The Daily Oklahoman (Oklahoma City, OK)
Posted on August 1, 2001
By Randy Ellis
It is one thing to read how a judicial system works in theory. It’s another to see how it works in practice.
Four prominent Russian judges are in Oklahoma City this week to get a firsthand look at the U.S. justice system in action.
So far they’ve seen plenty they like. "Your system is much more flexible," said Victor Ivanovich Pashkov, chairman of Russia’s Altaiski Krai Territory Court.
Jury trials, alternative dispute mediation programs and the use of adversarial attorneys are all fixtures of the American legal system that the Russian judges are eyeing with interest.
The Russian judges – Pashkov, Alexandr Sergeyevich Nazarov, Olga Valentinovna Gavrilova, and Zoya Andreyevna Konyayeva – are in Oklahoma City this week, courtesy of the Library of Congress Open World Russian Leadership Exchange. Oklahoma City federal Judge Vicky Miles LaGrange has been serving as the host judge, and the Russian judges have been staying in the homes of members of the nonprofit National Peace Foundation.
Pashkov said the trip has come at a perfect time.
"A legal reform is underway in Russia at this time," he said. "The question of what the legal system should be is being decided."
Pashkov said that the Russian Federation began introducing jury trials to its judicial system in 1994, and such trials are being used in nine of federation’s 89 regions. Jury trials are expected to be introduced in all 89 regions by Jan. 1, 2003.
"I think that this is good," he said. "We, in our region, have been working with juries for seven years, and the decisions that are being reached are perceived and accepted positively by public opinion because common sense and practicality are part of decision-making process."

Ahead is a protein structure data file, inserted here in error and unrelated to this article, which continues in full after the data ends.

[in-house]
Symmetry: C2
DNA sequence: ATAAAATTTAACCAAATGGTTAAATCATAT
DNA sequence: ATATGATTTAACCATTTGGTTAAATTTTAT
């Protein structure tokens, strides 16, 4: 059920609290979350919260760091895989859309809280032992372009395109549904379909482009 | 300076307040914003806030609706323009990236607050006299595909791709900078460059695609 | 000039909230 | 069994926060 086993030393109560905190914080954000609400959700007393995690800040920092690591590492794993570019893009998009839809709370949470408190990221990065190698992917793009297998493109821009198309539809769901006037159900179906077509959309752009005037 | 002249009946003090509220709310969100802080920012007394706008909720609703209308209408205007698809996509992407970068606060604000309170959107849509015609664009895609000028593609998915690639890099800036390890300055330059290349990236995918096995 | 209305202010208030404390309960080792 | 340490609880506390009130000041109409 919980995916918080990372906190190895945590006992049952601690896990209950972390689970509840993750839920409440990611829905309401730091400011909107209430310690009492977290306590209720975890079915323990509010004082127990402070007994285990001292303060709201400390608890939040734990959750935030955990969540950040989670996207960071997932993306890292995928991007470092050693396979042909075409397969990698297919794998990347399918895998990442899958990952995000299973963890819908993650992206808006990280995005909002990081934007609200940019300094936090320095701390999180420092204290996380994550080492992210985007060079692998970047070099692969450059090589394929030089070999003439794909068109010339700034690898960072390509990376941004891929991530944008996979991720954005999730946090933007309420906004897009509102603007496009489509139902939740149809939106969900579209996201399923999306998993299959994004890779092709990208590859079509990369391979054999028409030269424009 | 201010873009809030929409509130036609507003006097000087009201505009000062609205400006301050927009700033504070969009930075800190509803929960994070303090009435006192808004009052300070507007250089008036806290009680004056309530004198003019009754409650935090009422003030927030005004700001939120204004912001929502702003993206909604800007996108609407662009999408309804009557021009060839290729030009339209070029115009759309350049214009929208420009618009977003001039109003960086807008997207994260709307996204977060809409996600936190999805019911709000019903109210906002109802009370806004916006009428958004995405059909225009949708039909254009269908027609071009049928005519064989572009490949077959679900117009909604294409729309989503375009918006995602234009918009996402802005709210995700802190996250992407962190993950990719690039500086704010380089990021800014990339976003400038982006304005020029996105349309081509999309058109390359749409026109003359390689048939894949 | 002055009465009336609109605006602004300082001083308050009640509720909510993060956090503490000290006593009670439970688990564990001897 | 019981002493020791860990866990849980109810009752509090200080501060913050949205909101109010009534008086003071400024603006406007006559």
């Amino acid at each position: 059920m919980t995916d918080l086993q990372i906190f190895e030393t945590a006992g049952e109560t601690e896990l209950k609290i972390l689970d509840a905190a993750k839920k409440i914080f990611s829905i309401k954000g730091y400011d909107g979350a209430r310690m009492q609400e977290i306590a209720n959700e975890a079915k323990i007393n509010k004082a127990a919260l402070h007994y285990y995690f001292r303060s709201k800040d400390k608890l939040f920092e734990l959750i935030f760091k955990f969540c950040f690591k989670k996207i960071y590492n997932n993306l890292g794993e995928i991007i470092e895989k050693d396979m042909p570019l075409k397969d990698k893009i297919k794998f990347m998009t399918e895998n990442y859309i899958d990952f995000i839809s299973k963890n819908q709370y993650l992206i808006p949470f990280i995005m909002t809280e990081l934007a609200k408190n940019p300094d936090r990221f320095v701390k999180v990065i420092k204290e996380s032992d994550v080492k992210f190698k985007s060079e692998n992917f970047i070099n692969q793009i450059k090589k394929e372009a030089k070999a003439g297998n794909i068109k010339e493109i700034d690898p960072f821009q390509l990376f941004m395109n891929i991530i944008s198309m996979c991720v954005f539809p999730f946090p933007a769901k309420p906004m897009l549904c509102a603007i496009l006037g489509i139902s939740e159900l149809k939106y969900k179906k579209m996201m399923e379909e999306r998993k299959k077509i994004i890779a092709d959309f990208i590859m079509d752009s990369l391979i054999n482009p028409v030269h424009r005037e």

Pashkov said he has discovered his investigators are more thorough when they know a case is going before a jury because they are aware that a case that is not prepared professionally could fall apart.
Along with jury trials, Russian courts are seeing increased use of lawyers and the adversarial system. Under rules that govern Russian courts, the court bears the responsibility of proving a person guilty if a jury is not used, Pashkov said.
"In 50 percent of the criminal cases, no prosecutor is present," he said.
That leaves it up to the judge to fill the prosecutor’s role. Sometimes there is no defense attorney as well, and the judge assumes an additional role of defender, he said.
With juries, "a judge can truly judge," Pashkov said. "He is no longer forced to prove the guilt of the person."
Russian judges like that, he said, adding that "judges who have presided over jury trials no longer want to participate in cases tried the old way." The transition is not easy, however. Americans sometimes complain about having too many lawyers, but the opposite problem exists in Russia, Pashkov said. More lawyers not only are needed for criminal cases in Russia, but for civil cases as well. "Between 93 percent and 96 percent of all civil cases in Russia are resolved without the presence of a lawyers," Pashkov said.
Russia could increase its number of attorneys, but "the question is who is going to pay them," Pashkov said. "We have as many lawyers as can be supported by the population."
Gavrilova said, she and her Russian colleagues have become interested in mediation and other alternative methods of dispute resolution being used in the United States. In Russia, all civil cases are decided by judges, which puts a burden on the system, she said. Pashkov said, he likes the United States’ system of having both state laws and federal laws, which are enforced through state and federal courts.
Russia has a nationwide law system, he said. The advantage of state laws is that state lawmakers live closer to the people than federal legislators, and are in a better position to determine what problems are particularly dangerous to people in their state and what penalties are appropriate, he said. "If a new problem arises, a state Legislature can quickly make changes," he said. "Russia also may try to change laws, but it is much more problematic."
Copyright, 2001 Oklahoma Publishing Company.
From The Daily & Sunday Oklahoman.
Reprinted with permission
[Reprinted with Permission]